Wiring a Air Fuel ratio gauge

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Wiring a Air Fuel ratio gauge

Postby superalltrac » Fri Sep 24, 2004 12:50 pm

any one know where to tie in a Air fuel ratio gauge on the O2 sensor?
thx
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Postby illGT4 » Tue Oct 05, 2004 6:18 am

in the cabin by the ECU...

by the diag. port..

by the o2...

where do you want to tap into it at?

BTW, those gauges that read the stock o2 sensor pretty much suck and are completely useless.

Get a wideband like the LM1 and read Real A/F mixtures. Well help a lot more in tuning than using the stock o2 sensor.
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Postby alltracman78 » Thu Oct 07, 2004 5:22 pm

illGT4 wrote:BTW, those gauges that read the stock o2 sensor pretty much suck and are completely useless.


Why?
I think there decent for general use, ie if you have a problem, it can give you some input.
Definitly no good for tuning though.
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Postby illGT4 » Thu Oct 07, 2004 5:35 pm

alltracman78 wrote:
illGT4 wrote:BTW, those gauges that read the stock o2 sensor pretty much suck and are completely useless.


Why?
I think there decent for general use, ie if you have a problem, it can give you some input.
Definitly no good for tuning though.


Because the stock o2 sensor is not meant for reading that range accurately. IMHO, it's a bunch of lights going back and forth... monitoring o2 voltage... going back and forth.. ;)
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Postby alltracman78 » Thu Oct 07, 2004 5:43 pm

Well, that's what the a/f does in closed loop, goes back and forth.
The O2 v is related to the a/f. ANY electronic gauge (or what ever else) converts what ever the reading is into voltage. What do you think a wideband sensor does? Doesn't necessarily display in flashing lights, but as far as the actual display, that depends on the person reading it.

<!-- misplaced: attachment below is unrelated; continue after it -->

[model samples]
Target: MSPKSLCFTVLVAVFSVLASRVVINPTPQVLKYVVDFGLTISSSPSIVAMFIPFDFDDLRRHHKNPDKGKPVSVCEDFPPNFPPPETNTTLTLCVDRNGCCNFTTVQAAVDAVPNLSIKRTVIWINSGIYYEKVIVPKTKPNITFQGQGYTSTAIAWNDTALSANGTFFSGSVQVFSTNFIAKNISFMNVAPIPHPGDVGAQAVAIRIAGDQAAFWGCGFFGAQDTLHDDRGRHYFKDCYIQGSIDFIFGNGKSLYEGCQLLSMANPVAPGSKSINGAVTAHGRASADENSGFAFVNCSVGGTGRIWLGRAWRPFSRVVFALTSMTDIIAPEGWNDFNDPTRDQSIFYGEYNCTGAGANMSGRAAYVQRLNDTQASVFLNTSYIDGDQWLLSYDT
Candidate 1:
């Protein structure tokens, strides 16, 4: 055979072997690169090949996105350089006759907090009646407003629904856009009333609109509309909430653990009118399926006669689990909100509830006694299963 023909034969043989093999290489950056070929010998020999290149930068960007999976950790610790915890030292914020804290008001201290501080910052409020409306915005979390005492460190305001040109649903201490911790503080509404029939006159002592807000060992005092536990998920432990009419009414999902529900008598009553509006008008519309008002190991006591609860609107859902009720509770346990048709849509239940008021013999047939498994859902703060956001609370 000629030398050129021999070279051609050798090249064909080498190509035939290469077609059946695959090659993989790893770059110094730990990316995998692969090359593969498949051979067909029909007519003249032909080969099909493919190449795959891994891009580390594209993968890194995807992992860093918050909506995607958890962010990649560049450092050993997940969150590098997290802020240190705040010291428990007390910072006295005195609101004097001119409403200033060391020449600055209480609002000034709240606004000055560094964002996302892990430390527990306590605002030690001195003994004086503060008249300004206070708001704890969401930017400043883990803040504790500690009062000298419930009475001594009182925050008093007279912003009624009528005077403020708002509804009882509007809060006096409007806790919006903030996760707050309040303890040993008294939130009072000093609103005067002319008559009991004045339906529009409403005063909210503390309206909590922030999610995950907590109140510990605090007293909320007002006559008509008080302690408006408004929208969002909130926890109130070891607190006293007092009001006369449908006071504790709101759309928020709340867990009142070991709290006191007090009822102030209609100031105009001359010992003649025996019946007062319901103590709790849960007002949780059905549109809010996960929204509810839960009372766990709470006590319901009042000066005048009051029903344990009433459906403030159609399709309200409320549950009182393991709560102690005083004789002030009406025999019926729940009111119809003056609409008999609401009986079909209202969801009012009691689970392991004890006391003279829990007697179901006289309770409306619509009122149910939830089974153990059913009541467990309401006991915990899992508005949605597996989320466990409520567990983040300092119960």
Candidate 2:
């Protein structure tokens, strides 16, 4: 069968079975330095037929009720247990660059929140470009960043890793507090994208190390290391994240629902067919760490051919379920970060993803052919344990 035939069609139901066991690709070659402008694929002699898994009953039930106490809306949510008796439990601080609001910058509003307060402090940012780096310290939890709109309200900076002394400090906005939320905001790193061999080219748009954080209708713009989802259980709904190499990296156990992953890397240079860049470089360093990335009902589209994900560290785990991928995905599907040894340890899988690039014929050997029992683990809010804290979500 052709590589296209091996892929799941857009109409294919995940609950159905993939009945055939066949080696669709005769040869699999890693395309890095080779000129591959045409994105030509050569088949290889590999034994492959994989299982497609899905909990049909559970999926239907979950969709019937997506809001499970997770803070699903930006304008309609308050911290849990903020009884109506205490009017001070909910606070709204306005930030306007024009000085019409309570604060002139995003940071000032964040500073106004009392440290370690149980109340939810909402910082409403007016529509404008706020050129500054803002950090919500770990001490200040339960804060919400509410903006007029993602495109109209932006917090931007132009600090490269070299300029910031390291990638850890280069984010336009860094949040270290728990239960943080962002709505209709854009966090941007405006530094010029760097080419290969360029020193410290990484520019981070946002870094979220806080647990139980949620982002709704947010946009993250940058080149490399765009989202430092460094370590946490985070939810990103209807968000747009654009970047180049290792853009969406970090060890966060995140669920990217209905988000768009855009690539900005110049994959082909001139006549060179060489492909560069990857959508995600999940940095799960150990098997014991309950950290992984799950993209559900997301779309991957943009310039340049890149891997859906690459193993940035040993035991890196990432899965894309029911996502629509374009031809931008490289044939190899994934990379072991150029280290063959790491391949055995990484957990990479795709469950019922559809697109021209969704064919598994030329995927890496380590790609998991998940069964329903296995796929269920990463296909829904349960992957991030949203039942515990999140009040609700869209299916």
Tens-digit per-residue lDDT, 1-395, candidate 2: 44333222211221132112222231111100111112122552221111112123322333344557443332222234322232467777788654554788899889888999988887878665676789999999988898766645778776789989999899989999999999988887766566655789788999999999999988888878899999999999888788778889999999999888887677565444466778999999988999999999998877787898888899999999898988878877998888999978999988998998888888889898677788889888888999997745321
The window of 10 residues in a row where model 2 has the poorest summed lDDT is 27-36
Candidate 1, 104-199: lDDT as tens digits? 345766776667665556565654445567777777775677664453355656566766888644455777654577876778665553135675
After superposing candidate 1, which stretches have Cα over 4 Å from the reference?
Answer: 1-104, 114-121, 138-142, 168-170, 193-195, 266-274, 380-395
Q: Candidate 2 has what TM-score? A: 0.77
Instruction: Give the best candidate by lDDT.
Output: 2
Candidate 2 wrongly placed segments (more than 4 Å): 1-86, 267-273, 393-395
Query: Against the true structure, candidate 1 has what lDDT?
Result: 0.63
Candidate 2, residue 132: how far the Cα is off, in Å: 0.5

I agree it's no good for fine tuning, but should work fine for general trouble shooting and monitoring on close to stock engines. After all, it's what the computer uses to determine fuel in closed loop.
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Postby illGT4 » Thu Oct 07, 2004 5:48 pm

alltracman78 wrote:Well, that's what the a/f does in closed loop, goes back and forth.
The O2 v is related to the a/f. ANY electronic gauge (or what ever else) converts what ever the reading is into voltage. What do you think a wideband sensor does? Doesn't necessarily display in flashing lights, but as far as the actual display, that depends on the person reading it.

I agree it's no good for fine tuning, but should work fine for general trouble shooting and monitoring on close to stock engines. After all, it's what the computer uses to determine fuel in closed loop.


I agree, but you can just use a multi meter and get the same results and save $... put that towards a good wideband that you can use to tune with also.

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Postby alltracman78 » Thu Oct 07, 2004 5:51 pm

Point is to have it while you're driving around. You could hook up a voltmeter, but it's pretty much the same thing anyways.
Plus, it's only like $60.
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Postby illGT4 » Thu Oct 07, 2004 6:05 pm

:)

You can drive around with a wideband too! :P

I just don't believe it is accurate enough for much of anything. Just my opinion.

The stock sensor resolution is poor.
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Postby Indy3sgte » Fri Oct 08, 2004 2:02 am

okay ive been debating over this for a while...but where do I get a wide band O2 sensor :shrug:

I think I might get the gauge and use my stock sensor now and swtich when I get the Wide Band O2 :shrug:

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Postby alltracman78 » Fri Oct 08, 2004 2:03 am

I agree 100% on the wideband. If you have the $ it's definitly a better option, but a a/f gauge is better than nothing.
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Postby illGT4 » Fri Oct 08, 2004 2:13 am

Indy3sgte wrote:okay ive been debating over this for a while...but where do I get a wide band O2 sensor :shrug:

I think I might get the gauge and use my stock sensor now and swtich when I get the Wide Band O2 :shrug:

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